Tuesday, June 29, 2010

And we're off...

Dearest, we are off to our one month European gallivanting. We arrive in Sofia tomorrow afternoon, and in a week are off to Italy. I will stay in touch with everything that is important!

I wanted to give a special shout-out to my faithful readers in Japan, Andorra and Canada! Drop a line and tell me how you are! Also, a special one to my folks in Bulgaria and India--I love this new-found way of keeping you in the loop!
Ok, off to battle a toddler on a plane (Snakes on a plane have got nothing on Son!). My next entry will tell you all about my collected wisdom about traveling with an infant/toddler on transatlantic, as well as long domestic flights for I am a pro!

Monday, June 28, 2010

An Indian wedding in Maryland, Part 3

Saturday, the day of the wedding. We had the whole morning to ourselves and so we used it to go and check out some of the apartments provided by the State Department (while we are in DC for training before shipping out to post, we will live in corporate housing provided by Oakwood in Arlington, VA). We quite liked them all--all had swimming pools and very swanky feel to them. And guess what (I did let out a little squeal of joy)--we get maid service once a week! Oh boy! Why am I so excited about that? Well, have you ever noticed that a good deal of your fights with your beloved circle around house chores? It just always seems to me that I do all the house work, and it magically seems to him that he is spending his weekends scrubbing and vacuuming. Well, he ain't. So, it will be fantastic to have someone help us with the cleaning and resolve the cleaning ratio conundrum. At any rate, we decided that we'd love to live in Roslyn. We will know where they will put us in on July 15.
Then we dropped off Son at our fabulous friends M&M--they have a son who is the same age as Son (if you remember, they visited us last week for the good-bye party and their car was vandalised). They took Son and apparently had a party with a bunch of other kiddos that evening while we ran away to the wedding. M&M are awesome and we love them!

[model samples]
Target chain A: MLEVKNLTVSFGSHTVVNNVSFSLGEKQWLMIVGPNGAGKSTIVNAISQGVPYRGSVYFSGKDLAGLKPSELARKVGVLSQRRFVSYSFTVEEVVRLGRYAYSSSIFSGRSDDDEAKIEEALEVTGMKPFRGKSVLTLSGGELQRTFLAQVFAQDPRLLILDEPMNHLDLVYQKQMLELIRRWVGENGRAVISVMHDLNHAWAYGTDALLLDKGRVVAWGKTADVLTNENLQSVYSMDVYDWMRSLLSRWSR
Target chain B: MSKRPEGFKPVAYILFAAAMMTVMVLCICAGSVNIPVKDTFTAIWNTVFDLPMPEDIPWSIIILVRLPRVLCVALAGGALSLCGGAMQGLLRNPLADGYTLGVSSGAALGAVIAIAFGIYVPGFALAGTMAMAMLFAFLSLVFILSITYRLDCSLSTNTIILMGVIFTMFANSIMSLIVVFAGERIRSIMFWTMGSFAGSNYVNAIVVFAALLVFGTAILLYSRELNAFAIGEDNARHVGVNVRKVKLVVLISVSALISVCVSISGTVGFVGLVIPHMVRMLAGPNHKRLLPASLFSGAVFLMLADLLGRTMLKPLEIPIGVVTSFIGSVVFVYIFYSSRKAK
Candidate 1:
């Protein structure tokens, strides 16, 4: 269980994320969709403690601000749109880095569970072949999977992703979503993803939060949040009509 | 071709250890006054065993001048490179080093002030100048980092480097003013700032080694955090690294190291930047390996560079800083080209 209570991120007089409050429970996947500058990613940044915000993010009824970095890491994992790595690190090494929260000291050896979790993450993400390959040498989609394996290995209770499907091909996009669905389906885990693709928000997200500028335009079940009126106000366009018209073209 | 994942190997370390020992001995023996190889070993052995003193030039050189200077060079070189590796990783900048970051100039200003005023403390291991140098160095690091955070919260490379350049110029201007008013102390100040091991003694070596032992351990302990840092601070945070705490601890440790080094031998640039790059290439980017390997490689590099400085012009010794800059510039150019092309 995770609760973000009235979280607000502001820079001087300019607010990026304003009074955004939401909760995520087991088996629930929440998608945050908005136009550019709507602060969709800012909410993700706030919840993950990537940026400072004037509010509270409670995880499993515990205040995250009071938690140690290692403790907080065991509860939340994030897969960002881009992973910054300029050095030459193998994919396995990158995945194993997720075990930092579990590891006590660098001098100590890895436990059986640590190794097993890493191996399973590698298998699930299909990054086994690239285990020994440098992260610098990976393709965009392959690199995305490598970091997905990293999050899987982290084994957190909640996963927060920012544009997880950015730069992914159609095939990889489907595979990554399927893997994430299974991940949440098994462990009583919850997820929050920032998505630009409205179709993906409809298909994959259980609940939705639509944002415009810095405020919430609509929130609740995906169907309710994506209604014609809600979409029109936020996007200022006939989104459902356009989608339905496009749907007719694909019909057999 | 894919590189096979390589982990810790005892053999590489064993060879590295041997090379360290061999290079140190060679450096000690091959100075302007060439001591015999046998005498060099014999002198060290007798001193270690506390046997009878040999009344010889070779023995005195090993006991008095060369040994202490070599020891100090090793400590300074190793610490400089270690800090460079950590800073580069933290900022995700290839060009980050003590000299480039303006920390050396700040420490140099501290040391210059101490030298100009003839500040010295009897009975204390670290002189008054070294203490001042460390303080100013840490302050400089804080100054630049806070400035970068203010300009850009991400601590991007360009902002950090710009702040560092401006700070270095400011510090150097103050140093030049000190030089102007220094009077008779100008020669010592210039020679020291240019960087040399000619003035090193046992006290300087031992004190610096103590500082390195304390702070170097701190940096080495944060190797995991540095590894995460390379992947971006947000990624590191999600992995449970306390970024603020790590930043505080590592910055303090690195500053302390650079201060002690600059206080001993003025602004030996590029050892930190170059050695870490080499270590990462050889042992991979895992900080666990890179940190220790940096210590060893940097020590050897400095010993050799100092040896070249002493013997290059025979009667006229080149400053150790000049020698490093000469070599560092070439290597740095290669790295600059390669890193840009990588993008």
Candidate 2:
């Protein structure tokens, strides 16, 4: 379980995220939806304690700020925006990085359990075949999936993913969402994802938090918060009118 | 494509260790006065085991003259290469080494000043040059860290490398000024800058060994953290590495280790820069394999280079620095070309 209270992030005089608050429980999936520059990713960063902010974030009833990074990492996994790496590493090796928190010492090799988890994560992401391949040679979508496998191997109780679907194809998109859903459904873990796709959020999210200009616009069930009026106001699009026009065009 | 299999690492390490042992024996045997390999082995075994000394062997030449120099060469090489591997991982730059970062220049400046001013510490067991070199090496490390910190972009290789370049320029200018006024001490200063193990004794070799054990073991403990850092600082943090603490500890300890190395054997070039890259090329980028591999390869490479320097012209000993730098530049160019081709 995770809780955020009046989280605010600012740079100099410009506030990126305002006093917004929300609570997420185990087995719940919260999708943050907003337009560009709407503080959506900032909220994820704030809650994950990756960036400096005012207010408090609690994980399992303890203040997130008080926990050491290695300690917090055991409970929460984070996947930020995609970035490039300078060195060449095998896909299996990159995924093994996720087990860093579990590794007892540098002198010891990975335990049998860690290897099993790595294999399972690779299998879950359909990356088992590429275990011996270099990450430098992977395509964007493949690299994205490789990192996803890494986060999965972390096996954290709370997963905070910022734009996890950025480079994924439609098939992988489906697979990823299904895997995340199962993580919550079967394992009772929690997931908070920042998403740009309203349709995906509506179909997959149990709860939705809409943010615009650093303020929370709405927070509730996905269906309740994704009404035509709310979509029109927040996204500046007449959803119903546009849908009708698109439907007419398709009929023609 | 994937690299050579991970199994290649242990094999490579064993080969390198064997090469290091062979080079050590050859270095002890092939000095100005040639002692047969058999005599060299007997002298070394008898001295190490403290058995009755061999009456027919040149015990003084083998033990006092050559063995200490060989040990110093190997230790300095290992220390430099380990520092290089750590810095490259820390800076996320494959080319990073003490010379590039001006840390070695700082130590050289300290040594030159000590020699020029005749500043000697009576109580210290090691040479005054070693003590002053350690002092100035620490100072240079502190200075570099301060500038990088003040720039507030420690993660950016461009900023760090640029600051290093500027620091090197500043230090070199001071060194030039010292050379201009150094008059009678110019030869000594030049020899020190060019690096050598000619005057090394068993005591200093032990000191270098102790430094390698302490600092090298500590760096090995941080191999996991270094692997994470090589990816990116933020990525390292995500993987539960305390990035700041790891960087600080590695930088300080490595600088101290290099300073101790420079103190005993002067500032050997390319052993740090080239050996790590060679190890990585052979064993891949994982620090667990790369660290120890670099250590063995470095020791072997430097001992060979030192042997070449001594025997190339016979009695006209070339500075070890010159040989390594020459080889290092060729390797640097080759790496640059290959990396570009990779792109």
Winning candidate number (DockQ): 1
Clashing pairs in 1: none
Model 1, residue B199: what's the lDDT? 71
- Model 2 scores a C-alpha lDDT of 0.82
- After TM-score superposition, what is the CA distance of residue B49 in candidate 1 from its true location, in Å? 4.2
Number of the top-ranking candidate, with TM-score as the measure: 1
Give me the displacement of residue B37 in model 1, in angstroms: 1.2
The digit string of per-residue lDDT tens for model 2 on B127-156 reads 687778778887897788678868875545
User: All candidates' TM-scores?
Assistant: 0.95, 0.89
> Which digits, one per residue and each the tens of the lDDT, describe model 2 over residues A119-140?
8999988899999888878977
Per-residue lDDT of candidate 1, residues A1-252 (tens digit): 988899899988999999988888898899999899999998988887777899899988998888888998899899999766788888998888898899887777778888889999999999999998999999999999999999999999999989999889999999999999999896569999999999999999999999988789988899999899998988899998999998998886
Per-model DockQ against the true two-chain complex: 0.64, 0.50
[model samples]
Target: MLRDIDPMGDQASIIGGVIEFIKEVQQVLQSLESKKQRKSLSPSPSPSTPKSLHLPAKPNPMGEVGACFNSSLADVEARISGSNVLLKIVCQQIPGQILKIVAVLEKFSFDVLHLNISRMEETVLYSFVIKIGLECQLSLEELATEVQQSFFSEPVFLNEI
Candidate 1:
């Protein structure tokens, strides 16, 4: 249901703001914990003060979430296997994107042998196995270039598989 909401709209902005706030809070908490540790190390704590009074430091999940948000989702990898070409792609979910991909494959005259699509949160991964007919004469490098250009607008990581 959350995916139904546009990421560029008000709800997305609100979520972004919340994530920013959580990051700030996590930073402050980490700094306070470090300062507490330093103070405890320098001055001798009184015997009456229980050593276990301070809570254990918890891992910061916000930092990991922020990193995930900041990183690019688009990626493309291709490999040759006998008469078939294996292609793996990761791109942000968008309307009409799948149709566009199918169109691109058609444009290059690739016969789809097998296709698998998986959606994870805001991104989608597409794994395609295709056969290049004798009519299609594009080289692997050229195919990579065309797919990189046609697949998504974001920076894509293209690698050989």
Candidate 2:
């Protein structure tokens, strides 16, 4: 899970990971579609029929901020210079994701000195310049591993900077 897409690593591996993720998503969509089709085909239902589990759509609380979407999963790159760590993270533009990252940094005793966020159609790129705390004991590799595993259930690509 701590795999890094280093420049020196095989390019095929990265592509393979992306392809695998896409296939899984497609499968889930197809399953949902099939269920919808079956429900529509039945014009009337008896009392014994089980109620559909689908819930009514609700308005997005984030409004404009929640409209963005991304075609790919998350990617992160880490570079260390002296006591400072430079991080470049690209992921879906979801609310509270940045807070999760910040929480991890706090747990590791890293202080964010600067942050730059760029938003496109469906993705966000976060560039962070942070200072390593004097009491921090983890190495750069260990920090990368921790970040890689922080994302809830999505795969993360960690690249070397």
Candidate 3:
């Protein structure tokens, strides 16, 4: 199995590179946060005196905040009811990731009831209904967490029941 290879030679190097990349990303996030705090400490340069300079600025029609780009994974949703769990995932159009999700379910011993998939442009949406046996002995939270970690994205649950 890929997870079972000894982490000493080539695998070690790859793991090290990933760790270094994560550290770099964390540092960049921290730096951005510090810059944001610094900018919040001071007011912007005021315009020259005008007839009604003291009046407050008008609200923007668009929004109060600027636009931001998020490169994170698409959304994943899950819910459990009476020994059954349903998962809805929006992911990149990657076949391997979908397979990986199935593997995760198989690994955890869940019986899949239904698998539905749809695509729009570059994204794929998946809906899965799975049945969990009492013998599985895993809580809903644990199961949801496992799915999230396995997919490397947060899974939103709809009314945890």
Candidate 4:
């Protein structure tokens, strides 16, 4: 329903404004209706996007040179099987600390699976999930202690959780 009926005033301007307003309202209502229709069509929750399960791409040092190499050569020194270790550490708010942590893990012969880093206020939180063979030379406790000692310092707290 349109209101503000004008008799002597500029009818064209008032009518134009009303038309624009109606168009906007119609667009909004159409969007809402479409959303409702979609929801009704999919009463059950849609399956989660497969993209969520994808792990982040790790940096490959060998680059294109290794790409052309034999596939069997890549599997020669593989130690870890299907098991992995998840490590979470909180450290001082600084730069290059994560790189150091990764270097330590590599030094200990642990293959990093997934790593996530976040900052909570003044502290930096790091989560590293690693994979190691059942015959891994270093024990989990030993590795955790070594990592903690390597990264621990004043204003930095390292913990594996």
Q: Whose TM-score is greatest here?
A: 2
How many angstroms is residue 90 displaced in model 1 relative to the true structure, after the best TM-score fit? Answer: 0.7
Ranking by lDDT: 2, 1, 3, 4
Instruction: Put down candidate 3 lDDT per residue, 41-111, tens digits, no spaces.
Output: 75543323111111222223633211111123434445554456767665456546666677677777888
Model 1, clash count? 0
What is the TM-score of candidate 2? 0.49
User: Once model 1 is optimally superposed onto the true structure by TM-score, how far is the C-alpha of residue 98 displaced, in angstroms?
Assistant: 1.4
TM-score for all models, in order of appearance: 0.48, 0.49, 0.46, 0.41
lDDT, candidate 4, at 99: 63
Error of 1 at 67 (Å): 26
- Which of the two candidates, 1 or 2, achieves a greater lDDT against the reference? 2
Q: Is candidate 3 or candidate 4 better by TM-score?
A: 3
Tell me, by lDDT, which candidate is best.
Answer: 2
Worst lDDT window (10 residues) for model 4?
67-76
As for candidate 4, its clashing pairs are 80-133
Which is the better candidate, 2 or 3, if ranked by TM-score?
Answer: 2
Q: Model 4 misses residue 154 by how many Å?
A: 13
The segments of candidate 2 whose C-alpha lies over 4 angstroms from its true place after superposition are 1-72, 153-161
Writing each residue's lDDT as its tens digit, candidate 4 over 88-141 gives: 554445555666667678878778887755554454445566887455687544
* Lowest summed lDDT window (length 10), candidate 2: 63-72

Well, we had a lot of fun. Our night stated with a Hindu and a Christian ceremonies, followed by copious amounts of Kir Royals, a fabulous Indian buffet, an unforgettable sight of scores of Indian aunties swaying their sareed hips to the tune of "I Gotta a Feeling" by the Black Eyed Peas, and finished with a particulalry peculiar and hysterical discussion of Funyuns (no, they are NOT funny bunions; turns out they were simply onion chips). At 1 am, we dragged our weary, partied-out butts to bed.
On Sunday, we went for a (completely unnecessary) shopping spree at Kohl's where Son spent a blissful hour running and hiding around the racks of clothes while I was trying to find what I need, chase him around to his utter delight and stare fiercely back at other irritated shoppers as he was rolling on the floor giggling. After about 63 hours in traffic and amidst Son's inhuman yelling, we stopped for a brief but refreshing visit at (another) one of Diplomat's cousins house in NJ. They fed us copious amounts of tea and bhel poori (good people!) and sent us mercilessly back on our way to NYC. An hour and half later and more yelling from the back, we were finally back. Gosh, it is good to be home.

Sunday, June 27, 2010

An Indian wedding in Maryland, Part 2

I left you to go to the rehearsal dinner. The entire posse of wedding party et al left Aunt and Uncle's house to go rehearse, including the Diplomat who was given the crucial role of lifting the bride during the garland exchange. Son was blissfully asleep. That gave me a few peaceful hours to sit down and relax. What did I do?? I decided to vacuum the house--it seemed like the least I could do for Aunt and Uncle who were running around arranging the zillion details involved in the wedding. Once that was done, I fished out a nice Indian movie from their library and watched the intensely mawkish drama of the Raincoat. After I had rolled my eyes about 37 times during the ridiculous plot, I left for the rehearsal dinner at the Foster's Clambake at National Harbor to have some lobster and run after Son in 4-inch heels. Two excellent Grey Goose martinis later, up to my elbows in butter and lobster shells, I kept trying to shove some lobster in Son's mouth while he persistently refused to put the suspicious-smelling meat in his mouth. He did seem substantially more interested in playing with the tiny stones on the ground since, naturally, I had dressed him in his best, which soon became looking like his worst. I think you can imagine how much effort it took to look elegant and effortless while chasing him in high-heels through those darn pebbles. It took one more martini to get some of my dignity back.